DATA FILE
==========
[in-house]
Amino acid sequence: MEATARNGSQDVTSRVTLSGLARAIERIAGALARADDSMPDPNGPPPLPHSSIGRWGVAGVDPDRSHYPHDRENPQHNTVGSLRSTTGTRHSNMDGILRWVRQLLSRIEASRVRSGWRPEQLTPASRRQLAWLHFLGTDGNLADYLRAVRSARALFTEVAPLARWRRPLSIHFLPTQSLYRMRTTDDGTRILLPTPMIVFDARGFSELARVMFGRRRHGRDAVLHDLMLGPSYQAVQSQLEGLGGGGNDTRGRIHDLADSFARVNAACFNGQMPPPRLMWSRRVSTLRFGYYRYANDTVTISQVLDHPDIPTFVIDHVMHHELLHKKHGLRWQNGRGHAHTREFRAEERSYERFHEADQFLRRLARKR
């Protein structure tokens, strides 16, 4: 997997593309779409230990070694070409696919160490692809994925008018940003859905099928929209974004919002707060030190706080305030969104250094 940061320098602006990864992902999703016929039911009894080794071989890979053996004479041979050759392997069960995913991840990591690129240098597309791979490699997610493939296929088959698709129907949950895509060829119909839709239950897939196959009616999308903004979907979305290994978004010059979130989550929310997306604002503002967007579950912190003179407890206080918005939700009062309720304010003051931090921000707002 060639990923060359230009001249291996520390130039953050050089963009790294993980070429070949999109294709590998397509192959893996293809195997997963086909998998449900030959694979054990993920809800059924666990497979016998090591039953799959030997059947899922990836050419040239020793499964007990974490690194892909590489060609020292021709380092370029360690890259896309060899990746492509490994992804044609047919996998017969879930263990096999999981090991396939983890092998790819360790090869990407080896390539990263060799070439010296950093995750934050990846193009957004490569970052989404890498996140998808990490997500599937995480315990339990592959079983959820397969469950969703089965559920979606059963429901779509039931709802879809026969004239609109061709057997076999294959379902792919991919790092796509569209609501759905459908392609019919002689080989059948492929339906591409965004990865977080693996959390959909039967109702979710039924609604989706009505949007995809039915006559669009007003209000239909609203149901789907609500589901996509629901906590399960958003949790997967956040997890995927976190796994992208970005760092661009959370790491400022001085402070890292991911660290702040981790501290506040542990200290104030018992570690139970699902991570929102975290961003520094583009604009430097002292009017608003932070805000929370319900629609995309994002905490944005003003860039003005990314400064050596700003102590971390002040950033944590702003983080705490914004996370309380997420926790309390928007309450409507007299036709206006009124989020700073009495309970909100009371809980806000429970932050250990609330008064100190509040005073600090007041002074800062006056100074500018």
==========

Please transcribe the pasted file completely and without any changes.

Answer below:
[in-house]
Amino acid sequence: MEATARNGSQDVTSRVTLSGLARAIERIAGALARADDSMPDPNGPPPLPHSSIGRWGVAGVDPDRSHYPHDRENPQHNTVGSLRSTTGTRHSNMDGILRWVRQLLSRIEASRVRSGWRPEQLTPASRRQLAWLHFLGTDGNLADYLRAVRSARALFTEVAPLARWRRPLSIHFLPTQSLYRMRTTDDGTRILLPTPMIVFDARGFSELARVMFGRRRHGRDAVLHDLMLGPSYQAVQSQLEGLGGGGNDTRGRIHDLADSFARVNAACFNGQMPPPRLMWSRRVSTLRFGYYRYANDTVTISQVLDHPDIPTFVIDHVMHHELLHKKHGLRWQNGRGHAHTREFRAEERSYERFHEADQFLRRLARKR
């Protein structure tokens, strides 16, 4: 997997593309779409230990070694070409696919160490692809994925008018940003859905099928929209974004919002707060030190706080305030969104250094 940061320098602006990864992902999703016929039911009894080794071989890979053996004479041979050759392997069960995913991840990591690129240098597309791979490699997610493939296929088959698709129907949950895509060829119909839709239950897939196959009616999308903004979907979305290994978004010059979130989550929310997306604002503002967007579950912190003179407890206080918005939700009062309720304010003051931090921000707002 060639990923060359230009001249291996520390130039953050050089963009790294993980070429070949999109294709590998397509192959893996293809195997997963086909998998449900030959694979054990993920809800059924666990497979016998090591039953799959030997059947899922990836050419040239020793499964007990974490690194892909590489060609020292021709380092370029360690890259896309060899990746492509490994992804044609047919996998017969879930263990096999999981090991396939983890092998790819360790090869990407080896390539990263060799070439010296950093995750934050990846193009957004490569970052989404890498996140998808990490997500599937995480315990339990592959079983959820397969469950969703089965559920979606059963429901779509039931709802879809026969004239609109061709057997076999294959379902792919991919790092796509569209609501759905459908392609019919002689080989059948492929339906591409965004990865977080693996959390959909039967109702979710039924609604989706009505949007995809039915006559669009007003209000239909609203149901789907609500589901996509629901906590399960958003949790997967956040997890995927976190796994992208970005760092661009959370790491400022001085402070890292991911660290702040981790501290506040542990200290104030018992570690139970699902991570929102975290961003520094583009604009430097002292009017608003932070805000929370319900629609995309994002905490944005003003860039003005990314400064050596700003102590971390002040950033944590702003983080705490914004996370309380997420926790309390928007309450409507007299036709206006009124989020700073009495309970909100009371809980806000429970932050250990609330008064100190509040005073600090007041002074800062006056100074500018």